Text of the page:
Now everything I’ve shown you so far is free. This is the first book or course that is not. This month I am letting you pay that fee you think I deserve—even zero. It costs money to publish books and online courses. You can be part of making FinancingLife.org a sustainable financial literacy project. The book is called Why Bother With Bonds and the course is called: Build An All-Weather Portfolio.
Another area that people get confused about is diversification. What does that really mean in practice? “Don’t put all your eggs in one basket?” That’s half of the answer. But should you own the same amount of every stock? Should you use multiple mutual fund companies? Watch the introductory video to this course to decide whether you want to strengthen your understanding here. I call this course: Diversify Like A Pro. But I can assure you, that if you hire a pro to do this, you’ll be paying ten times too much.
I’m recording this in Feb 2019, so there will soon be other courses, articles, tutorials, and books that I’ll be recommending here. I don’t send regular emails, just when there is something to announce that might help you. So I encourage you to subscribe.
Subscribing means you get email announcements of new courses, video tutorials, articles, and book recommendations.
It is important to know that I do not publish regularly. But, when I do, I try to make it something that will directly help you.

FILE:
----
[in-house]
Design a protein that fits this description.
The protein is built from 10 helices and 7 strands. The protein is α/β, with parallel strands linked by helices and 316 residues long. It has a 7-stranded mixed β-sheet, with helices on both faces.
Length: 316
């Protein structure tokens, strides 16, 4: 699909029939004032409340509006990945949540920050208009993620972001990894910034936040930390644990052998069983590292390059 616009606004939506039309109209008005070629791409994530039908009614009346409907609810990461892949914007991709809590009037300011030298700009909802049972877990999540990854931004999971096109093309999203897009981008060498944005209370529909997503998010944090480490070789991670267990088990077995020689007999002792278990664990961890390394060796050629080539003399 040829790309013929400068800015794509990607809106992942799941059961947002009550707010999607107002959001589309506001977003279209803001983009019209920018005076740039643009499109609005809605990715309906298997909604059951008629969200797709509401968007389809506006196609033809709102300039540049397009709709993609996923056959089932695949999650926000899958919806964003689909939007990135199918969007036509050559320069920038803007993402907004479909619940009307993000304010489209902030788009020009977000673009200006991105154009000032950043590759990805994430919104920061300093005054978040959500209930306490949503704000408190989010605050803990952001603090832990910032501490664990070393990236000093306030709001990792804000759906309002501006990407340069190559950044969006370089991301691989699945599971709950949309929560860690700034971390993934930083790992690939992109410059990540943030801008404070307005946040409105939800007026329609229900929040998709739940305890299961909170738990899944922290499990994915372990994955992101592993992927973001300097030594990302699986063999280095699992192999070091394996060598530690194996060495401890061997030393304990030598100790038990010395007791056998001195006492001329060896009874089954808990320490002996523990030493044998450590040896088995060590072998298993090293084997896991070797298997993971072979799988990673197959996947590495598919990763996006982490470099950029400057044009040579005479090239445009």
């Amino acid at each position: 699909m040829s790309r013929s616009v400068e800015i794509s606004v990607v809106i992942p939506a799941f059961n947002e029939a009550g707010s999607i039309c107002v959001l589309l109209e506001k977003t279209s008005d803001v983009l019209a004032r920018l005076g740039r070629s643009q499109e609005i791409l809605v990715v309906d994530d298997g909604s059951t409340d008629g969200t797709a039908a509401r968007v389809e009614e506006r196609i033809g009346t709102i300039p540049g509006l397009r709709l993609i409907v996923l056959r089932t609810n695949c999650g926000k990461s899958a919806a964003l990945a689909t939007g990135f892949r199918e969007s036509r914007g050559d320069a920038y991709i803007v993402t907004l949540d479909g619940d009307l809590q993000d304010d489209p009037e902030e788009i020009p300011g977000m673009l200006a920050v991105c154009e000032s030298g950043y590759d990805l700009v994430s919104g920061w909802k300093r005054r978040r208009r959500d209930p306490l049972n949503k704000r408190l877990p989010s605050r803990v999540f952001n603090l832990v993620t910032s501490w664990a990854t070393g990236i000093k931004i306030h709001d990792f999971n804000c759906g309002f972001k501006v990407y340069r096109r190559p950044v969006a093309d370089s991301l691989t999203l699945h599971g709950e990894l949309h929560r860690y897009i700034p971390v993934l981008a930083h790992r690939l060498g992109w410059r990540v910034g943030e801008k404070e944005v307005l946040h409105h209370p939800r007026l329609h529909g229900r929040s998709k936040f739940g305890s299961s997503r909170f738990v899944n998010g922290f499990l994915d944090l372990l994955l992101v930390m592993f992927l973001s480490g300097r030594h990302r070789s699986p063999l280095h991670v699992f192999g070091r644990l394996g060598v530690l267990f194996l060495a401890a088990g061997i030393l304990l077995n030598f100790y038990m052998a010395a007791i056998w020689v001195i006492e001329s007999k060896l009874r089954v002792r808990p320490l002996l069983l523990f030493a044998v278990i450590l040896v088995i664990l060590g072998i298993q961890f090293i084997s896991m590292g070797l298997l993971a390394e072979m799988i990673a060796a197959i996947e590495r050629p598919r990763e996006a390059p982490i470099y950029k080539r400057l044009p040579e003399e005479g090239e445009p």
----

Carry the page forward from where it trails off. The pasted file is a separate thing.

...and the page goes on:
Here are four ways that you can subscribe. Choose any or all of these:
1. Become a student at FinancingLife Academy
2. Request this one-page cheat-sheet
3. Steal This Book!
Here is something I recommend for everybody (Thank you William Bernstein!)
Acclaimed author William Bernstein wrote this for millennials and gave me permission to distribute it to you. Share it with your friends.
One of the best investment authors of our time is William Bernstein. In 2014 he wrote a gem to guide both young—and not so young—investors through the five hurdles that threaten to spoil their dreams.
It’s available for free as a PDF that you can read in an hour or two.
Or, buy from Amazon if you prefer paperback, or to give it as a wedding, birthday, or graduation gift.
4. Request this PDF course
This 140-page PDF is a self-paced course by Vicki Robin and others. Watch the short overview video to see if it interests you—it was life-changing for me.
And, of course, you can request all of these! That’s a good idea!
If you ever outgrow what I offer, just click unsubscribe and you’re done.
Ok. That’s your quick orientation. It’s time for you to get started. Welcome aboard!